In talking with the people involved in portraying roles in the yearly replay, Olive gets a good cross-section of comments and first-person narratives regarding experiences with racism and how it affects everyone. Some of the participants had relatives who were murdered and others had relatives who did the murdering. One re-enactor describes seeing her first lynching at three years old as her father and his Klansman friends brought her to their crime. “A lot of wives didn’t know how to deal with their husbands,” she says, explaining why her mother went along with this idea. Green highlights the viciousness of the crime and how, again echoing Ifill’s words, that the brutality sent a message to “uppity” folks who needed reminders of their place.
Olive gives us several views of the re-enactment, and even though it is fake, it is excruciating to watch. There is fake blood and multiple gunshots. One of the victims is pregnant and suffers the worst fate imaginable. I consider myself a hardened, even cynical viewer of staged violence and yet I was shaken. Olive cuts to the pained reactions of audience members of all races, among them little Black children. I was initially shocked that someone would bring their kids to something this violent, then I realized that this was a juxtaposition of actual lynching pictures where KKK members brought their kids along for reasons that ran counter to why people brought their kids to the staged event.
“Always in Season” slowly and meticulously ties these events to its current story of the Lacy family’s quest for answers and why they don’t believe Lennon Lacy killed himself. The primary reasons for lynching, according to Ifill and the Equal Justice Initiative’s Bryan Stephenson, is a belief there had been some romantic or sexual intention or interaction between the victim and a White woman. We later meet Michelle Brimhall, Lennon’s White 32-year old ex-girlfriend, whose relationship with the deceased was looked down upon by the parents of one of his friends. We are told by Lennon’s older brother that the police held Lennon’s body for three days without offering any answers to the family. “The police department was closed,” he says incredulously. And we learn that forensics evidence may not have been collected. By all accounts, Lennon was distraught over his breakup and the death of his beloved uncle, but he was also excited to play in the big game scheduled for the day after his death. Lennon was part of an interracial trio of inseparable friends, and even they seem to suspect something’s amiss.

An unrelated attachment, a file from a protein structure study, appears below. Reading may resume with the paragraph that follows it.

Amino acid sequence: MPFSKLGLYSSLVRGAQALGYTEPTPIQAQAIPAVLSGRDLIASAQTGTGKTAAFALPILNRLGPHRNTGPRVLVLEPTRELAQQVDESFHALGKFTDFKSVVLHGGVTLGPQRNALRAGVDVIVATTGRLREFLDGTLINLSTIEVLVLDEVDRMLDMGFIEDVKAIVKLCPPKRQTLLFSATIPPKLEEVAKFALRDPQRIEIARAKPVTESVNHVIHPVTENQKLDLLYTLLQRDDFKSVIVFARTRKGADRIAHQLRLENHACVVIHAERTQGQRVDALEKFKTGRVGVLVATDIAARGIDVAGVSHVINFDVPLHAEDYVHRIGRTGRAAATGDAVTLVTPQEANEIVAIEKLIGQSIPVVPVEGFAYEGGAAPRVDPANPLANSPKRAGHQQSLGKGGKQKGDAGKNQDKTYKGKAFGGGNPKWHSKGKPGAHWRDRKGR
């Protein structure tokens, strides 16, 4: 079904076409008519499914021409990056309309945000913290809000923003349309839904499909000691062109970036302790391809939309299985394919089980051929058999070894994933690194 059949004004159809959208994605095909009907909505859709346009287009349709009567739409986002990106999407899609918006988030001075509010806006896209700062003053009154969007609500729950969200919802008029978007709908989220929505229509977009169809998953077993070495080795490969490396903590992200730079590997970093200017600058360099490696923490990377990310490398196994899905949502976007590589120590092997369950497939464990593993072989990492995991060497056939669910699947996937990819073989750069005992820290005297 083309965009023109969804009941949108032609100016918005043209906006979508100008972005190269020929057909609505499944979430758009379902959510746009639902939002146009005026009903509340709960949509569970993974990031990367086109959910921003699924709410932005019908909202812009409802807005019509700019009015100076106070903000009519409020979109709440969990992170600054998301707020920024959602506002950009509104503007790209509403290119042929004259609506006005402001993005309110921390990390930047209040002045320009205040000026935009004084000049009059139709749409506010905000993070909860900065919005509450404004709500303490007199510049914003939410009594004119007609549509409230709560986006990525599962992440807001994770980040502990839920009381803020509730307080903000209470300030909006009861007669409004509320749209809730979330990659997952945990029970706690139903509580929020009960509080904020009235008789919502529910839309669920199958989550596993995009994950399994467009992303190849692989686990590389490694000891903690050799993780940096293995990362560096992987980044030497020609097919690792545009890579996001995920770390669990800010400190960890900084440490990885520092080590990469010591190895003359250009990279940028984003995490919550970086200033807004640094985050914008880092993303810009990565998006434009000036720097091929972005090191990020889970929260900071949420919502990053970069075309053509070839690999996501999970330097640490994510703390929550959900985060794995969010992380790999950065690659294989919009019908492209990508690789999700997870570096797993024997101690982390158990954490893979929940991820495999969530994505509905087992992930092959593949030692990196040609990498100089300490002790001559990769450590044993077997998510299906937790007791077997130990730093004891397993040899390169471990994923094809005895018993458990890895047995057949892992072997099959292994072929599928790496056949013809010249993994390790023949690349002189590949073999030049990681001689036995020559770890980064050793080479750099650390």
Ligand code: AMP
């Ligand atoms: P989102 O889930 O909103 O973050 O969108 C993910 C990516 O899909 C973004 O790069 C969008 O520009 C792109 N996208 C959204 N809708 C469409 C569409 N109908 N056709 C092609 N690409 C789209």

By virtue of its subject, “Always in Season” is going to be a very hard sit for many, but this film should be seen. It is an unflinching look at how the racial sins of the past flow through the arteries of the present day. Since the Lacy investigation started, there have been 20 Black men who were found hanged in a public place. These were all quickly deemed suicides without much investigation, if any. So, suspicion is easily understandable and not without precedent. Some of the people involved in the Monroe crime may still be alive, but nobody’s talking. If Lennon Lacy’s death is indeed homicide, the killers still walk amongst his relatives—and nobody’s talking. When asked by Olive why people in Monroe needed to see that yearly replay, an actress says “because it’s history.” It shouldn’t be buried. As Faulkner wrote, “The past is never dead. It's not even past.”